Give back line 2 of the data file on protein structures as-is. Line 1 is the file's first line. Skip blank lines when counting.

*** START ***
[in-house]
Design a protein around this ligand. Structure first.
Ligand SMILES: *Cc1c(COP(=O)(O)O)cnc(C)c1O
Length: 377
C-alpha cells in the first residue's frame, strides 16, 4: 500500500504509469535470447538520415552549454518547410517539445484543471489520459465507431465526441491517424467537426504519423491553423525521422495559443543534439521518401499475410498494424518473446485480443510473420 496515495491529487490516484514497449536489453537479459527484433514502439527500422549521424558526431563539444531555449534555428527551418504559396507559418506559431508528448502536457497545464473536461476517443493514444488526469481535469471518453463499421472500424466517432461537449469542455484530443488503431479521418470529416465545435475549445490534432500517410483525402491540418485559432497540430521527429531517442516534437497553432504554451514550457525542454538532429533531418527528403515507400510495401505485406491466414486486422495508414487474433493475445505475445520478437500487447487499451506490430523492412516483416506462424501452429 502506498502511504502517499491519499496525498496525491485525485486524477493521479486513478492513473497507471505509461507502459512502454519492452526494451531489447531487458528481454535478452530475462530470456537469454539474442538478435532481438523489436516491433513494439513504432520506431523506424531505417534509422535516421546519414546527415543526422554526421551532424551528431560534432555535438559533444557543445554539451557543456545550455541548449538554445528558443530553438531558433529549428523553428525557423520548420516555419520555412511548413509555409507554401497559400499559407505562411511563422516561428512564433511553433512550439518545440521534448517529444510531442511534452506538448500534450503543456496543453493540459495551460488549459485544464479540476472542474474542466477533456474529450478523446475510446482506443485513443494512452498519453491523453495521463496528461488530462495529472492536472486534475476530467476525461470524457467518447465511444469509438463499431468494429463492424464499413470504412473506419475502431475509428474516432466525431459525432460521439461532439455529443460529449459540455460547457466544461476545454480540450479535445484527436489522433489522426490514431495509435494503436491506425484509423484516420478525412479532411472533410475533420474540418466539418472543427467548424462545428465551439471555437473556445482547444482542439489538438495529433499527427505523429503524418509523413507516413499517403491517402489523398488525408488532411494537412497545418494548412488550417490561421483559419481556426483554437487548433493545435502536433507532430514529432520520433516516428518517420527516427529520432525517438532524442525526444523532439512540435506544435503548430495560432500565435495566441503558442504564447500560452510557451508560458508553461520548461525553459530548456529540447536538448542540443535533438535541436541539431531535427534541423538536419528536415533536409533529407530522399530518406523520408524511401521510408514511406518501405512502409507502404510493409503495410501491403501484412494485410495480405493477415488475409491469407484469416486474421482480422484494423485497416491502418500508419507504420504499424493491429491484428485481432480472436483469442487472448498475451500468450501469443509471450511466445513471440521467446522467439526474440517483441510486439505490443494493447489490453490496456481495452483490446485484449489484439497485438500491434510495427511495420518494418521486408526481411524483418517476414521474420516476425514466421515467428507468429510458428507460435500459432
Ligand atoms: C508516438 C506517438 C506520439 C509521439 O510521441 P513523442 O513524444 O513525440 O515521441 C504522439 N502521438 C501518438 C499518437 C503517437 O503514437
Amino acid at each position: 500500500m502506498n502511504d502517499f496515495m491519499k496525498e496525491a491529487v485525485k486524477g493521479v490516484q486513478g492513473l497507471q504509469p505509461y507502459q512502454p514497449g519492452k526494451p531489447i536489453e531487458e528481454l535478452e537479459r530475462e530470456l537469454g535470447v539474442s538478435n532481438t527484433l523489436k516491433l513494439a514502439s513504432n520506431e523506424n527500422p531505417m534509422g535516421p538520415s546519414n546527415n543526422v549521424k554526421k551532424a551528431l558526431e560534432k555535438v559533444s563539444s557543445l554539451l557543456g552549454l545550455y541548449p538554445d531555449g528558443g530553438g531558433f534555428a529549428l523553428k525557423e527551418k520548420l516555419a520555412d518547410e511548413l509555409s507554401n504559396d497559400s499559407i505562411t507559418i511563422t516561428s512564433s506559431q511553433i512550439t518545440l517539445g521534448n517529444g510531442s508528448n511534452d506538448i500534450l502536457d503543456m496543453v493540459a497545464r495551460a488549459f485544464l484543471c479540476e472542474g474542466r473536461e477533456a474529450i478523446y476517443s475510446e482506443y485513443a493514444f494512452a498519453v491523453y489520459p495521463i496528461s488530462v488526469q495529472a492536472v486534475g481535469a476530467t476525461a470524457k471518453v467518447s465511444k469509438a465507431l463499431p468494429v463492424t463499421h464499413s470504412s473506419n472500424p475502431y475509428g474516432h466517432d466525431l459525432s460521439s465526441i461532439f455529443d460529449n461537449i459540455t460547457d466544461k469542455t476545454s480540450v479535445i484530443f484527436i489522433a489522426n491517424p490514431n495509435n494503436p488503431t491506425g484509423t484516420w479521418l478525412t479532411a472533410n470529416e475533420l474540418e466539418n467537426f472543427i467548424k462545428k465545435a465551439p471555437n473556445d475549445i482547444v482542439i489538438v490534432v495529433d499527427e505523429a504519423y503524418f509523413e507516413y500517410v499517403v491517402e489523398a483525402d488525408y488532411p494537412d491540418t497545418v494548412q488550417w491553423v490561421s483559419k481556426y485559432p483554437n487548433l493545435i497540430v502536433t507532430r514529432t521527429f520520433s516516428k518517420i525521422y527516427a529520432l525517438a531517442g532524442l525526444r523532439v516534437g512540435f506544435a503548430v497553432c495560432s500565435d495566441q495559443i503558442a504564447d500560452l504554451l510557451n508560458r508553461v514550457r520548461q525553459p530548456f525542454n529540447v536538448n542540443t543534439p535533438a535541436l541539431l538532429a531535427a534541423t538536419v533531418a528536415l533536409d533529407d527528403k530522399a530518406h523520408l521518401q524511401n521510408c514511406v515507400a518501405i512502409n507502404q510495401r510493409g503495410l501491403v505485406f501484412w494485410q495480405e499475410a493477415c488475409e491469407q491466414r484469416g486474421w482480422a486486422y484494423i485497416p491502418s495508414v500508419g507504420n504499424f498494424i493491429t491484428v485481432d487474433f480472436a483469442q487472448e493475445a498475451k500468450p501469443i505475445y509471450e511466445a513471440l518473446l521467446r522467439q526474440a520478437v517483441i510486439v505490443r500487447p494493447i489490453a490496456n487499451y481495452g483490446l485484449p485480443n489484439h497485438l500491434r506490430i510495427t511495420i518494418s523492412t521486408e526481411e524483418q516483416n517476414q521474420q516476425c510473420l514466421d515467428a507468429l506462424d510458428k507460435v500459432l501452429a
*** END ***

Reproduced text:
Design a protein around this ligand. Structure first.